“Who made my clothes?” –End modern day slavery–

Photo credit from fashionfixdaily.com

How do you shop for your clothes? Is it to fulfill a want or need? To gratify an inner desire to look good on the outside by looking trendy or fashionable? Or if you’re like me browsing through the hanger rack stands in attempt to look for the most comfortable shirt or jeans. I never did once bother what kind of fabric my garment is made of or where it came from. All I knew was they are all scribbled at the label and majority of them came from China, Bangladesh, or Cambodia. How about you? How well do you know about your clothes?

It never occurred to me that knowledge about our own clothing is a shared responsibility, not just the clothing company, or the manufacturer, and the government. It should be right? Since technically, we wear it, we possess it, it’s ours the moment we paid for it. But what’s the big deal? A couple of months ago, I have been learning more about how fast fashion is killing the world we live in.Β 

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We are often tempted with sales and discounts especially when faced with a display of vibrant and luscious colors. Fast fashion is designed to produce rapidly at low cost which results to destructive environmental toll. Polyester, which is a very common fabric used for popular fashion garments, is non biodegradable, not only does it threat the aquatic species, it will eventually lead to threaten our food source.Β 

Let’s not go far away. You may be wearing a cotton t-shirt right now. Astoundingly, it takes up to 2,700 liters of water to make a SINGLE t-shirt. That is enough water for one person to drink in 2.5 to 3 years.Β Manufacturing a shirt is also energy intensive and involves a lot if pesticides and insecticides. Ask yourself, how many shirts do you really need to own?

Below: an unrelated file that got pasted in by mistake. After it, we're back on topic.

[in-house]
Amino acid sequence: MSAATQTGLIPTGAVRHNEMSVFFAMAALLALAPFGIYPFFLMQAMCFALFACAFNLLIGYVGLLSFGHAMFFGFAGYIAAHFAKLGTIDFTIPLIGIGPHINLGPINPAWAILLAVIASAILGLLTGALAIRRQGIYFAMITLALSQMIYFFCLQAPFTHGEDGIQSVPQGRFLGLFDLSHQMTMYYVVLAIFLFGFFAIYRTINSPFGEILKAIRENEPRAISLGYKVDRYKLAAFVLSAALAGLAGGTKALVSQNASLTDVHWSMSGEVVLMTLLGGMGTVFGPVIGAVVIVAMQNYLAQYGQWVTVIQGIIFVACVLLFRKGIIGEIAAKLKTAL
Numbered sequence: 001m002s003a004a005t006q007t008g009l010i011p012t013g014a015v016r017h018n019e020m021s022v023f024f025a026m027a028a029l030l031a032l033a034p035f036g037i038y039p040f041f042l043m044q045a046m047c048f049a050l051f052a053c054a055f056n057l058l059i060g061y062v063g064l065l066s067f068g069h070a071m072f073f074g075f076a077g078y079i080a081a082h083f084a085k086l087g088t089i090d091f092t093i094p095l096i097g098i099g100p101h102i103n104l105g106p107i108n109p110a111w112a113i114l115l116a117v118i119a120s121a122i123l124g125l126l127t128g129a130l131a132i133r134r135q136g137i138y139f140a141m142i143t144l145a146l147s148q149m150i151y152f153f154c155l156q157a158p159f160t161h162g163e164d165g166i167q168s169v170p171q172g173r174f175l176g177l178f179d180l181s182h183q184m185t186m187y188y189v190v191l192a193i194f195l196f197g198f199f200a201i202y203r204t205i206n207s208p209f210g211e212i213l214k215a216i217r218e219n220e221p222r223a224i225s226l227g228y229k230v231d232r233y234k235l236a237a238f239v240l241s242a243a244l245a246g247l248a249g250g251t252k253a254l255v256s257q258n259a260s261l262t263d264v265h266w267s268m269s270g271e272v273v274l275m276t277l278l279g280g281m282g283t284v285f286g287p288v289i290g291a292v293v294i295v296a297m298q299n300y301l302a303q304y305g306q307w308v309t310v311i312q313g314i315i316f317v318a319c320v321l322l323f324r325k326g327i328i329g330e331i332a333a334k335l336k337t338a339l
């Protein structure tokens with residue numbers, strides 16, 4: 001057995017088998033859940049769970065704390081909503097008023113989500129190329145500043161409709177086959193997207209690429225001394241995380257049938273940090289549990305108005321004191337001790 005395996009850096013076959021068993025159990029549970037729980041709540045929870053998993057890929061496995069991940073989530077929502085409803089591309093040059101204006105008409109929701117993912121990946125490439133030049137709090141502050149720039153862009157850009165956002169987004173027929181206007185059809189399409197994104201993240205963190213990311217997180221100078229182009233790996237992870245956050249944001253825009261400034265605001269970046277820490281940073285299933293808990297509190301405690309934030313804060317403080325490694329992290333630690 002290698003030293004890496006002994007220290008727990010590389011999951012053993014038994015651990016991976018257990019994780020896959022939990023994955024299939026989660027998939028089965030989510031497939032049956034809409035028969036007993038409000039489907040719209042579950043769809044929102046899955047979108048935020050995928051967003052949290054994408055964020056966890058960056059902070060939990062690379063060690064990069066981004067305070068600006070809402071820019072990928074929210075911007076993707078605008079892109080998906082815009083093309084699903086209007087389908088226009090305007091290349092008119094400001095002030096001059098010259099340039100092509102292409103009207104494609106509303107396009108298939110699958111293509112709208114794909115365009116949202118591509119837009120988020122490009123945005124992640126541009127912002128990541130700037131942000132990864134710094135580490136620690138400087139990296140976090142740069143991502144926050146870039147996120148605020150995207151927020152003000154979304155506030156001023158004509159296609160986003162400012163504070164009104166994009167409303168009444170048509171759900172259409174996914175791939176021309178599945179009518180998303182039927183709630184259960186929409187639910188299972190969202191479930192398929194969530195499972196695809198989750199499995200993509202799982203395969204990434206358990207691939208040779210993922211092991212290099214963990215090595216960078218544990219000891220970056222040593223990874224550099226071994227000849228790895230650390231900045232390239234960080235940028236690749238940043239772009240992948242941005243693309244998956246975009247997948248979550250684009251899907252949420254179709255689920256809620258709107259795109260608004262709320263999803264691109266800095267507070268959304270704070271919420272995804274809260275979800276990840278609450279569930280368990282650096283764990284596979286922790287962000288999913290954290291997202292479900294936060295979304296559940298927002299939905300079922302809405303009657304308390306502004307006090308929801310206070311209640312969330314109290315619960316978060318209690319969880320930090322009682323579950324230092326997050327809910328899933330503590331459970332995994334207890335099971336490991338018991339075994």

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However, I really want to delve in to the darkest topic of this blog which is not often talked about especially by the multi billion dollar companies who of course have already raked in the profits. Unfortunately our clothes are produced in modern day slavery by people who are paid poorly, forced to work overtime, and inhale toxic chemicals. I’m not so sure how the big corporations are being transparent with the public about their policies. However, the Fashion Revolution, a fashion movement from UK, encourage consumers every year during Fashion Revolution Year to ask brands, “Who Made My Clothes?” hence with the hashtag #whomademyclothes.

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If we want to make a difference, we can truly make a difference and take action. We are living in the age of information. Learn more about how your clothes are made and where they come from. Be more aware of your own clothes and let us think twice before deciding to purchase another piece of garment that we think will end up being tossed away after several months. Make informed decisions about the environmental impacts of the fabric material of each clothing you buy. Some of the following examples may help:

  1. Before buying new clothes, ask yourself, do you really need it? If the answer is yes, does it have to be new? If the answer is no, look for second hand clothes on ebay or your local thrift stores. If you like handmade go to Etsy.
  2. Use what you have and experiment. You may be surprised how fashionable you can be. One day out of the blue I grabbed a Japanese fashion magazine called ViviΒ  and it showed ten ways to wear an oversized t-shirt most of which I adopt now.
  3. Choose quality over quantity. Go for clothes that are well made, durable, and that are built to last even though they may cost more compared to fast fashion, but remember, they are expensive for a reason.

If you are interested about different kinds of fabrics and which ones are sustainable for the environment, let me know by leaving a comment and I’ll share that on my next blog.

Thanks for reading!

-Ran

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